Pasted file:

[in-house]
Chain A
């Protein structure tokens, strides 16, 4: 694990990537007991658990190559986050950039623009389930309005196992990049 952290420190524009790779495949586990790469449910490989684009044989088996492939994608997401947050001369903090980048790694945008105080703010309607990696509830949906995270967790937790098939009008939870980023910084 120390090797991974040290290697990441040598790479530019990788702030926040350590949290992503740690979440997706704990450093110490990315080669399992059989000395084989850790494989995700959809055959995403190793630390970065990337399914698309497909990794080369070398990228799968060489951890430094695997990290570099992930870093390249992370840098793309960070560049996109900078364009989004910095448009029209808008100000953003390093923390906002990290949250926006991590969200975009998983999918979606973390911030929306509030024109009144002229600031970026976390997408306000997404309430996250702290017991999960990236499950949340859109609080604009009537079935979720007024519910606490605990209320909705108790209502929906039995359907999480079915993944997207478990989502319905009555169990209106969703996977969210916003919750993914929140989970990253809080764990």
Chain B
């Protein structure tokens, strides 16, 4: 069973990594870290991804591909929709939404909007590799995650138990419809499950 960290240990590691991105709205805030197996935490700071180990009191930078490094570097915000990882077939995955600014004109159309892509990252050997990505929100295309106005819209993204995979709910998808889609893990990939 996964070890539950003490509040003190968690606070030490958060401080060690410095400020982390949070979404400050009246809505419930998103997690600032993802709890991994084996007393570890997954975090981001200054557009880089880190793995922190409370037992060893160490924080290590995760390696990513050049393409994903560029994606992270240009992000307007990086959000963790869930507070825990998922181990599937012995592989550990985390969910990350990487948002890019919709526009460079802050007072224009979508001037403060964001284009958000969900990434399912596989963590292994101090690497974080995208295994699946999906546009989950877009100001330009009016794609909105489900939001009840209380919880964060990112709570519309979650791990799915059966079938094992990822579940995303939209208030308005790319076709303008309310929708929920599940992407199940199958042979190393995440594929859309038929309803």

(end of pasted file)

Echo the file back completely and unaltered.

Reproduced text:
[in-house]
Chain A
């Protein structure tokens, strides 16, 4: 694990990537007991658990190559986050950039623009389930309005196992990049 952290420190524009790779495949586990790469449910490989684009044989088996492939994608997401947050001369903090980048790694945008105080703010309607990696509830949906995270967790937790098939009008939870980023910084 120390090797991974040290290697990441040598790479530019990788702030926040350590949290992503740690979440997706704990450093110490990315080669399992059989000395084989850790494989995700959809055959995403190793630390970065990337399914698309497909990794080369070398990228799968060489951890430094695997990290570099992930870093390249992370840098793309960070560049996109900078364009989004910095448009029209808008100000953003390093923390906002990290949250926006991590969200975009998983999918979606973390911030929306509030024109009144002229600031970026976390997408306000997404309430996250702290017991999960990236499950949340859109609080604009009537079935979720007024519910606490605990209320909705108790209502929906039995359907999480079915993944997207478990989502319905009555169990209106969703996977969210916003919750993914929140989970990253809080764990």
Chain B
């Protein structure tokens, strides 16, 4: 069973990594870290991804591909929709939404909007590799995650138990419809499950 960290240990590691991105709205805030197996935490700071180990009191930078490094570097915000990882077939995955600014004109159309892509990252050997990505929100295309106005819209993204995979709910998808889609893990990939 996964070890539950003490509040003190968690606070030490958060401080060690410095400020982390949070979404400050009246809505419930998103997690600032993802709890991994084996007393570890997954975090981001200054557009880089880190793995922190409370037992060893160490924080290590995760390696990513050049393409994903560029994606992270240009992000307007990086959000963790869930507070825990998922181990599937012995592989550990985390969910990350990487948002890019919709526009460079802050007072224009979508001037403060964001284009958000969900990434399912596989963590292994101090690497974080995208295994699946999906546009989950877009100001330009009016794609909105489900939001009840209380919880964060990112709570519309979650791990799915059966079938094992990822579940995303939209208030308005790319076709303008309310929708929920599940992407199940199958042979190393995440594929859309038929309803």